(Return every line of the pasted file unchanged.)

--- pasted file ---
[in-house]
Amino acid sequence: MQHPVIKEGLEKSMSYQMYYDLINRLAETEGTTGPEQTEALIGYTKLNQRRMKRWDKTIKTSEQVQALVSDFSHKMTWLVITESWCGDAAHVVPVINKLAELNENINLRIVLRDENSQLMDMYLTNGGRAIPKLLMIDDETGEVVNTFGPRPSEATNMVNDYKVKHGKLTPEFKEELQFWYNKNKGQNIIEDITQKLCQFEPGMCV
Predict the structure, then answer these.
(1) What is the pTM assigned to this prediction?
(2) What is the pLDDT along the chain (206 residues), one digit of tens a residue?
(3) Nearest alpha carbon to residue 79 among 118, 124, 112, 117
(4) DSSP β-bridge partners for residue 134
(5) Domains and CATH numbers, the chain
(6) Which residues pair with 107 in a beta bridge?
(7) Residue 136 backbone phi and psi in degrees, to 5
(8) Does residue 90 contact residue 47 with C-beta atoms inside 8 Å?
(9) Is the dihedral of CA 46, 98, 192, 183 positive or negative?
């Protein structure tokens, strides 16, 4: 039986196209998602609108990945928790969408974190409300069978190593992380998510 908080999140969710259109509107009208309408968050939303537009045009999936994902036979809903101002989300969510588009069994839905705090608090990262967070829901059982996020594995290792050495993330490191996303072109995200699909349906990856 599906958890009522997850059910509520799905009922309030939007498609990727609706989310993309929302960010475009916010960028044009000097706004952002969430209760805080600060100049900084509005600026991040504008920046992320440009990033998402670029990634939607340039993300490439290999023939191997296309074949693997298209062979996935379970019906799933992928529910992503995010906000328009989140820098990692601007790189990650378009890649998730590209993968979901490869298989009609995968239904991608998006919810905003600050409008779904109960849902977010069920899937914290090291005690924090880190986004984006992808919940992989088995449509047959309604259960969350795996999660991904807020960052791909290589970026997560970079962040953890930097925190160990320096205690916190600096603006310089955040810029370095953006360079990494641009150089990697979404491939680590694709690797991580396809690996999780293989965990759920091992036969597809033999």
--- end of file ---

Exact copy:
[in-house]
Amino acid sequence: MQHPVIKEGLEKSMSYQMYYDLINRLAETEGTTGPEQTEALIGYTKLNQRRMKRWDKTIKTSEQVQALVSDFSHKMTWLVITESWCGDAAHVVPVINKLAELNENINLRIVLRDENSQLMDMYLTNGGRAIPKLLMIDDETGEVVNTFGPRPSEATNMVNDYKVKHGKLTPEFKEELQFWYNKNKGQNIIEDITQKLCQFEPGMCV
Predict the structure, then answer these.
(1) What is the pTM assigned to this prediction?
(2) What is the pLDDT along the chain (206 residues), one digit of tens a residue?
(3) Nearest alpha carbon to residue 79 among 118, 124, 112, 117
(4) DSSP β-bridge partners for residue 134
(5) Domains and CATH numbers, the chain
(6) Which residues pair with 107 in a beta bridge?
(7) Residue 136 backbone phi and psi in degrees, to 5
(8) Does residue 90 contact residue 47 with C-beta atoms inside 8 Å?
(9) Is the dihedral of CA 46, 98, 192, 183 positive or negative?
């Protein structure tokens, strides 16, 4: 039986196209998602609108990945928790969408974190409300069978190593992380998510 908080999140969710259109509107009208309408968050939303537009045009999936994902036979809903101002989300969510588009069994839905705090608090990262967070829901059982996020594995290792050495993330490191996303072109995200699909349906990856 599906958890009522997850059910509520799905009922309030939007498609990727609706989310993309929302960010475009916010960028044009000097706004952002969430209760805080600060100049900084509005600026991040504008920046992320440009990033998402670029990634939607340039993300490439290999023939191997296309074949693997298209062979996935379970019906799933992928529910992503995010906000328009989140820098990692601007790189990650378009890649998730590209993968979901490869298989009609995968239904991608998006919810905003600050409008779904109960849902977010069920899937914290090291005690924090880190986004984006992808919940992989088995449509047959309604259960969350795996999660991904807020960052791909290589970026997560970079962040953890930097925190160990320096205690916190600096603006310089955040810029370095953006360079990494641009150089990697979404491939680590694709690797991580396809690996999780293989965990759920091992036969597809033999």